Businesses depend on having enough candidates to fill their open positions. Many companies rely on immigrants to fulfill their labor needs. In 2019, 17.4% of the U.S. workforce was made up of foreign-born workers. Despite these facts, some employers discriminate against immigrants. In 2019, the U.S. Equal Employment Opportunity Commission reported that 9.6% of all of the discrimination complaints the agency received were based on the complainants’ national origins. Because of the problems of workplace discrimination based on employees’ national origin and citizenship status, state and federal laws have been passed to protect employees in New Jersey against these types of discrimination. The immigrant discrimination attorneys at Swartz Swidler are available to help you understand your legal options and the remedies you might have if you have been discriminated against at work based on your status as an immigrant.
Federal Laws Prohibiting Immigrant Discrimination
U.S. immigrants are protected under several federal laws against workplace discrimination. Title VII of the Civil Rights Act of 1964 prohibits workplace discrimination against applicants and employees based on their national origin, color, or race. The Immigration and Nationality Act (INA) prohibits workplace discrimination based on the citizenship status or national origin of applicants and employees who are lawful permanent residents, immigrants who hold employment authorization, U.S. nationals, and U.S. citizens. The Immigration Reform and Control Act (IRCA) prohibits workplace harassment and discrimination based on an applicant’s or employee’s immigration or citizenship status.
New Jersey Laws Prohibiting Immigrant Discrimination
Workers in New Jersey are also protected against immigrant discrimination under the New Jersey Law Against Discrimination (NJLAD). This law protects applicants and employees against adverse treatment based on their nationality, national origin, ancestry, race, genetic information, and color. Immigrants who are discriminated against at work can file state claims with the New Jersey Division on Civil Rights under one of these classifications.
If you are considering filing an immigrant discrimination claim, you should speak to the lawyers at Swartz Swidler. We can help you determine whether to file your claim under state or federal law.
Understanding Employment Discrimination Against Immigrants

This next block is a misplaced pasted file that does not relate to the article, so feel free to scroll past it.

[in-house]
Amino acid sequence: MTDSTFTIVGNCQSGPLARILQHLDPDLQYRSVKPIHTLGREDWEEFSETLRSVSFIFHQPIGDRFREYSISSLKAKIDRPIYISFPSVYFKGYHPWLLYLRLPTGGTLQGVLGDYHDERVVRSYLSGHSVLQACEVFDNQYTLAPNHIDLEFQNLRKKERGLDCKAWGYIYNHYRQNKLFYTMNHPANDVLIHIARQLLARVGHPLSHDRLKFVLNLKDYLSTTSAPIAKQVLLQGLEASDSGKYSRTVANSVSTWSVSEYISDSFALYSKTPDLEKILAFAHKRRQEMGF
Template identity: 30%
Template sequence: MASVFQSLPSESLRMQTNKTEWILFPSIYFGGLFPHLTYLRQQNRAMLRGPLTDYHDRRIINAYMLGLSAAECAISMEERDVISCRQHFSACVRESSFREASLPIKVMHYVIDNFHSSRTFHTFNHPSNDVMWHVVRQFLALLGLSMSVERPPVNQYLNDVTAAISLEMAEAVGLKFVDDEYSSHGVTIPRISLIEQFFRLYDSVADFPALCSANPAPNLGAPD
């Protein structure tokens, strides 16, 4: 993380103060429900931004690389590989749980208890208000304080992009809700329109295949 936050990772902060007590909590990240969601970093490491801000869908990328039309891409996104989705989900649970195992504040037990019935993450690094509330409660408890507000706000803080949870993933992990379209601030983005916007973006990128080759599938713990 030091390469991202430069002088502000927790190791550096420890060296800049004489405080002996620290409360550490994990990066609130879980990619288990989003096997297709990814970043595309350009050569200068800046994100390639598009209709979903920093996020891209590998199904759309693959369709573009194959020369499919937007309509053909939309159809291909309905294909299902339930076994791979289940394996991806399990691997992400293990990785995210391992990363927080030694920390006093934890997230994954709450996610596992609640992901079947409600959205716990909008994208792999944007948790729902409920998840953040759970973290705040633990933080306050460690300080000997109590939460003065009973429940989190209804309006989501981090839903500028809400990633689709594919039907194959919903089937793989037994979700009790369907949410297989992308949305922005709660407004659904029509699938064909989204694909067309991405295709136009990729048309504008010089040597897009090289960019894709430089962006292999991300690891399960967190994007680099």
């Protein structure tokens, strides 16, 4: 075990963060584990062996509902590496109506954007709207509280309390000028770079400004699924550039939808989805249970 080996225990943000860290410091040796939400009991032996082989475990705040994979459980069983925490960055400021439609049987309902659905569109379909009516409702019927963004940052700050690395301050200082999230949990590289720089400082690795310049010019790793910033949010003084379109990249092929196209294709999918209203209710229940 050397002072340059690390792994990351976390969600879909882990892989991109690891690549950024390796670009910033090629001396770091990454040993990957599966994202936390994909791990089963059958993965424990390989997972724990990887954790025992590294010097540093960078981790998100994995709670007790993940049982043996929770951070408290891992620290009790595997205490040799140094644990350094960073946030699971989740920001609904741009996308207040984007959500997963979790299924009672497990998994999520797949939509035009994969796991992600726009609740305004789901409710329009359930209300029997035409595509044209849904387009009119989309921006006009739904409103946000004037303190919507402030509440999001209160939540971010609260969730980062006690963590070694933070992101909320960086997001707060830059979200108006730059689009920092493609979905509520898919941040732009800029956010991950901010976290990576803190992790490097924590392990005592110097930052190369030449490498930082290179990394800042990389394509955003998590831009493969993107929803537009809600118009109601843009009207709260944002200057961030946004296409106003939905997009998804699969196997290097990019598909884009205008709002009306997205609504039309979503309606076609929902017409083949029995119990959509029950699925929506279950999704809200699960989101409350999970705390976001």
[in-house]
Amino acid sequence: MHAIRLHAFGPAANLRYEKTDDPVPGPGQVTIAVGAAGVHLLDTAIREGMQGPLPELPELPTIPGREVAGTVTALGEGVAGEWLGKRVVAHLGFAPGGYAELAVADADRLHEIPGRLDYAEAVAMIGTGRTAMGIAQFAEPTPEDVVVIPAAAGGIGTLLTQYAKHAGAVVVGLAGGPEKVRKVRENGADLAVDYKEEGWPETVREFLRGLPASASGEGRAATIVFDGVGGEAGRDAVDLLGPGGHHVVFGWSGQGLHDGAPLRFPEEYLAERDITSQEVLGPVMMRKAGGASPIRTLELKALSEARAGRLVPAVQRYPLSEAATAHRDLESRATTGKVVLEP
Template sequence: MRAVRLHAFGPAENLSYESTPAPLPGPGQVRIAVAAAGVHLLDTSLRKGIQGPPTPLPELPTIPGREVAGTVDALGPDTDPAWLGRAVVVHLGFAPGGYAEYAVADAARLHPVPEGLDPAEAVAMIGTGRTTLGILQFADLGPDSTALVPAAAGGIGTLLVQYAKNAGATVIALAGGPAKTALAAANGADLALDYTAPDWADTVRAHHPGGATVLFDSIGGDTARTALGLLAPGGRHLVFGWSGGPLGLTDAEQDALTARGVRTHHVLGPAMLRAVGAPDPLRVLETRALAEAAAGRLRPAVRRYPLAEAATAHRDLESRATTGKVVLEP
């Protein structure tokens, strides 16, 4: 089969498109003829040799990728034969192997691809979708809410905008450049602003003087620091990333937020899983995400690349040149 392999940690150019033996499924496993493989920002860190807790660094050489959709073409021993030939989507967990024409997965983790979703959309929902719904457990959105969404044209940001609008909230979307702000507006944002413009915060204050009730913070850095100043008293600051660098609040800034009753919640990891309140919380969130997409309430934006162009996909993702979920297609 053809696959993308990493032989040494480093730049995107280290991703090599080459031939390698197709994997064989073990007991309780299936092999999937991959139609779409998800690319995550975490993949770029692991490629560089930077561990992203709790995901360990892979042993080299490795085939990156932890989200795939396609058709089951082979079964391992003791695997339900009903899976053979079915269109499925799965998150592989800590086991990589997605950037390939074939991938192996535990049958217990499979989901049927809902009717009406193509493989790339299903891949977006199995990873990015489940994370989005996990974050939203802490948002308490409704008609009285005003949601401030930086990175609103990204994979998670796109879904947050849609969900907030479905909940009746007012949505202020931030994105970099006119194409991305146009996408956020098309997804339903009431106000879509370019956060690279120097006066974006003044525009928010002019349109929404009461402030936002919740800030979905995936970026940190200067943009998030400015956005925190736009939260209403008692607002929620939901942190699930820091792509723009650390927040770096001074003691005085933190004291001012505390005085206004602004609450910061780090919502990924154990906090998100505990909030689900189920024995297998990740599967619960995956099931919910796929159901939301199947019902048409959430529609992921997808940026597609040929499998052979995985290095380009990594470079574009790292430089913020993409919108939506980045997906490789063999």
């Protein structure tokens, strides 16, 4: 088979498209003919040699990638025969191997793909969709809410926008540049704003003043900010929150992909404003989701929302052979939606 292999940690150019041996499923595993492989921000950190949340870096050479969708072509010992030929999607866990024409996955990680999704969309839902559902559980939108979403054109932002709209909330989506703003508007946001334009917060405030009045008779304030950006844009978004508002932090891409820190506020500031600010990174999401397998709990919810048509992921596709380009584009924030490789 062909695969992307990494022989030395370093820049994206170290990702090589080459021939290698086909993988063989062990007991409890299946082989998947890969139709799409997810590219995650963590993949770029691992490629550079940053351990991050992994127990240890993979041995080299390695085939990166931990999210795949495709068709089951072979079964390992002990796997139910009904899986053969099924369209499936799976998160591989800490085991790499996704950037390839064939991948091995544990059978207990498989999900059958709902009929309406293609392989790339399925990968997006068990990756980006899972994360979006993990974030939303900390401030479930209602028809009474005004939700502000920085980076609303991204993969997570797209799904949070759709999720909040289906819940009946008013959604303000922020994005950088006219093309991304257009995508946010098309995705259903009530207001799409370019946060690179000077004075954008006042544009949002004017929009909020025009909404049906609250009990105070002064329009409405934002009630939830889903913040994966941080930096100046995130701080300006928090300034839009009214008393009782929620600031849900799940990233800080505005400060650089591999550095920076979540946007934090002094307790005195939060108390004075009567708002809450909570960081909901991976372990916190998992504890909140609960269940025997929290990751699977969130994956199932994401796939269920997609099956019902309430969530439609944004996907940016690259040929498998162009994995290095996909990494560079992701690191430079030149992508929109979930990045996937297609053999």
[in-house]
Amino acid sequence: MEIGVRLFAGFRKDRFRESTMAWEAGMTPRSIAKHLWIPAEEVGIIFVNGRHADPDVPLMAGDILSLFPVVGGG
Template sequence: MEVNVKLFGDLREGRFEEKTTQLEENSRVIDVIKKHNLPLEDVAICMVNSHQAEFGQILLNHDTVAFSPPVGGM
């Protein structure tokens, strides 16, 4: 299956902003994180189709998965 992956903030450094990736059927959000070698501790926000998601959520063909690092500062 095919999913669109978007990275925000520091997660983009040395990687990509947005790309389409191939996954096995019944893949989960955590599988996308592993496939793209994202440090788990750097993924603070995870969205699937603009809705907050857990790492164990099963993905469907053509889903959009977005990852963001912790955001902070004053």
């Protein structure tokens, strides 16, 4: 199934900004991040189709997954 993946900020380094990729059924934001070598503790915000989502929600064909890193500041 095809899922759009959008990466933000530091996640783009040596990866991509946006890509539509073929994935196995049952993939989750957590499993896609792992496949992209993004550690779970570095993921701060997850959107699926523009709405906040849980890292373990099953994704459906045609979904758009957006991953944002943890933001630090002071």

Immigrants are protected under both state and federal law against national origin discrimination in all aspects of employment, including the following:
- Recruiting for jobs
- Interviewing for positions
- Hiring decisions
- Salary determinations
- Training opportunities
- Promotions or demotions
- Career advancement
Employers also cannot harass employees based on their immigrant status or retaliate against them for filing complaints about discrimination.
You can file a discrimination charge if you were targeted for unfair treatment based on your national origin, ethnicity, creed, color, race, citizenship status, or accent. Your employer also cannot discriminate against you based on any of the following:
- Having the linguistic, cultural, or physical characteristics of a specific ethnic group
- Being perceived as belonging to a particular ethnicity
- Belonging to or identifying with a particular ethnicity
- Having a foreign accent when it will not affect your ability to perform your job
- Attending a religious space associated with a specific type of ancestry
- Belonging to a cultural or ethnic organization
- Having an ethnic surname
- Being married to or associating with others who have a specific ethnicity or nationality
In many cases involving immigrant discrimination, other forms of discrimination might also be present, including the following:
- Ancestry discrimination
- Color discrimination
- Genetic information discrimination
- Language discrimination
- Religious discrimination
- Race discrimination
It is illegal for an employee to be harassed because of his or her accent or English fluency. Even when this type of harassment is not severe enough to create a hostile work environment, it might still constitute a valid claim of discrimination.
English-only rules are generally considered to be discriminatory because they can limit a person’s employment opportunities. However, there are some cases in which an employer’s English-only rule might be permitted if the employer can show that the rule is necessary for the business. An English fluency rule similarly can be permissible if speaking English fluently is necessary for performing the functions of the job. Discriminating against an employee based on his or her accent that does not affect his or her ability to perform the tasks of his or her job is illegal.
Can an Employer Ask About an Applicant’s Immigrant Status?
When you are interviewing for a job, the prospective employer cannot ask you about your citizenship or immigration status. However, employers must verify your employment eligibility if you are offered the position. Employers are required to follow the same process for every person they hire. They cannot ask you to provide more documentation than other new hires based on your perceived status as an immigrant, however.
Employers are also prohibited from having a hiring policy to only hire U.S. citizens. This type of policy is only allowed when an employer is hiring for a job that requires U.S. citizenship under the law or a government contract.
Get Help From an Experienced Immigrant Discrimination Attorney
Before you file a state or federal complaint about immigrant discrimination, you should speak with the attorneys at Swartz Swidler to learn about your options and legal rights. We can review your case and help you understand the steps to take when you have faced discrimination based on your status as an immigrant by your employer, coworkers, or potential employer. To learn more, call us today to request a free consultation at (856) 685-7420.